Low back pain? Prevent it with these exercises:
The following stretching and strengthening exercises are intended to be used to help prevent low back injury. You should regularly be performing exercises that stretch and strengthen the structures that support your spine to alleviate pain and prevent recurring back problems. Please consult with your doctor before starting an exercise routine to develop a comprehensive treatment plan, and work with an appropriate therapist on the proper form for these exercises. Generally speaking, these exercises can be done every other day. It is usually advisable to give your muscles a day's rest in between, so be sure to allow them time to recuperate – it will only serve to help you heal and prevent further injury.
Caution: some exercises can aggravate back pain. If you have low back pain, avoid:
- Straight leg sit-ups.
- Bent leg sit-ups or partial sit-ups when you are experiencing back pain.
- Lifting both legs while lying on your back.
- Lifting heavy weights above your waist (standing military press or biceps curls).
- (Straining) toe touches while standing.
Stretching your hamstrings:
Your hamstrings run down the back of your thigh. Stretching your hamstrings increases the range of motion for your pelvis, which can decrease the stress you may feel across your lower back. Try each of these exercises, without straining too hard to perform them.
Standing Hamstring Stretch
While standing, simply bend forward at your waist with your arms hanging down until you feel a stretch in the back of your legs. Touch your toes if possible, but do not strain to do so. If you find it difficult to keep your legs straight, bend your knees slightly.
Hold this position for 30 seconds, and then slowly come back up to a standing position. Repeat and hold for longer when it begins to feel easy for you.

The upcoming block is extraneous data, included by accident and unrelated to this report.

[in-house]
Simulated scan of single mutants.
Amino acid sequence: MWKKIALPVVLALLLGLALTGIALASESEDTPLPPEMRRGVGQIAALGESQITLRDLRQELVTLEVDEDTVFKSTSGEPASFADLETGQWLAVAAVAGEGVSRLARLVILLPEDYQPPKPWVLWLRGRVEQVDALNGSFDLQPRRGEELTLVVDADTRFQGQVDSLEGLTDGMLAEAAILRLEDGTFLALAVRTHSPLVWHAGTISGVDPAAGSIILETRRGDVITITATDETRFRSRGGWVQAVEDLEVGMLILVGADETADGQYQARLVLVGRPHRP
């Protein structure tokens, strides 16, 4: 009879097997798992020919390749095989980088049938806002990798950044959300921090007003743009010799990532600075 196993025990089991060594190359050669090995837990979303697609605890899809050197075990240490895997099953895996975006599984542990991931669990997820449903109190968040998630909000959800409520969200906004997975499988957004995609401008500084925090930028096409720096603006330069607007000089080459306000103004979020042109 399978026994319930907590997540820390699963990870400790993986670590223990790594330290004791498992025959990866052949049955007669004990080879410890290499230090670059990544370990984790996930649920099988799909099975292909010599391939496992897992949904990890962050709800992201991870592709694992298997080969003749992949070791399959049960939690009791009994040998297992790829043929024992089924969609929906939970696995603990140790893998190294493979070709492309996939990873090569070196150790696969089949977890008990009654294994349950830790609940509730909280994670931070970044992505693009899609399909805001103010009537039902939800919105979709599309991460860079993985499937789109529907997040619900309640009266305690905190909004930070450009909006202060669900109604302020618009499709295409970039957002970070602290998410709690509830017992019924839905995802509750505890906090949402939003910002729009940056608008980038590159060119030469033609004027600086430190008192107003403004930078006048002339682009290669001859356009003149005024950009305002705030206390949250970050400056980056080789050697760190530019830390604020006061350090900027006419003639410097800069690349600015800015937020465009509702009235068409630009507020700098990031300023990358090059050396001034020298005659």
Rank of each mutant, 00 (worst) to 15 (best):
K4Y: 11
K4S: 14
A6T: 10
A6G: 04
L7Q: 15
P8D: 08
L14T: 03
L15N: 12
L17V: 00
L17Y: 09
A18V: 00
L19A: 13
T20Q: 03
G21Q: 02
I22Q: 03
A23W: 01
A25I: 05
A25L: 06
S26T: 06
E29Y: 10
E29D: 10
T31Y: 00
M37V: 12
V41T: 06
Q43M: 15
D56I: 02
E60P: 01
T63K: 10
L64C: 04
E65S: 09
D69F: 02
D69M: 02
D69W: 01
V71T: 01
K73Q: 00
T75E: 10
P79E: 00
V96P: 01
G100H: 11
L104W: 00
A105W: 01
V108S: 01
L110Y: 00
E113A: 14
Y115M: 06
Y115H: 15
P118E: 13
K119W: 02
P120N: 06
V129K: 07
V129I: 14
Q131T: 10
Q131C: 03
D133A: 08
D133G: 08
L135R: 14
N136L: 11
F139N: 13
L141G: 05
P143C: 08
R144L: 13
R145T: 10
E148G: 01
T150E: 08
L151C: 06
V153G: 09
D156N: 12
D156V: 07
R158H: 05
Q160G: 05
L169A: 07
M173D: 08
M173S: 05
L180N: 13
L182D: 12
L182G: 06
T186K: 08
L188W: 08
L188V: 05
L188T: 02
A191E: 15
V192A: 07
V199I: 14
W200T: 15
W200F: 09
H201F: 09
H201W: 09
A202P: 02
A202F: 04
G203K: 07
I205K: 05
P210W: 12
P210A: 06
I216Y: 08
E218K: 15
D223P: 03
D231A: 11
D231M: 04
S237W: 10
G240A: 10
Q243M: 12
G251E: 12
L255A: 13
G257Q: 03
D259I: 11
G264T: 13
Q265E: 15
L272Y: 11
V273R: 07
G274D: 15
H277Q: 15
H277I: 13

Yoga Strap Hamstring Stretch
Lie on the floor, and pull one leg up, straightening it while holding onto a yoga strap (or a towel if a strap is not available) that is wrapped behind your foot. Stretch one leg at a time, keeping your passive leg on the floor, straight and not bent. Perform 10, 3-second stretches for each leg.
Stretching your hips:
Like your hamstrings, flexible hip muscles can help alleviate some of the pain in your lower back by increasing the range of motion in your pelvis. In terms of stretching your hips to prevent low back pain, think of your hips as three main parts: your hip flexors (the front side of your hips), your piriformis muscle (which runs from your sacrum to the top of your thigh bone), and your lower back itself, whose muscles connect to your hips in a number of ways.
Piriformis Muscle Stretch
The piriformis muscle runs through your buttocks and can contribute greatly to low back pain or even leg pain. To stretch this muscle, lie on your back and cross one leg over the other. Then gently pull your other knee towards your chest until you feel a stretch, however slight, in your buttock area. Perform 10, 3-second stretches for each leg.
Back Flexion Exercise
While lying on your back, gently pull both of your knees to your chest while keeping your head down on the floor. You may need to interlock your fingers to hold this position, but try to do so for at least 30 seconds, feeling a gentle stretch in your lower back.
Pelvic Tilt Hip Flexor Stretch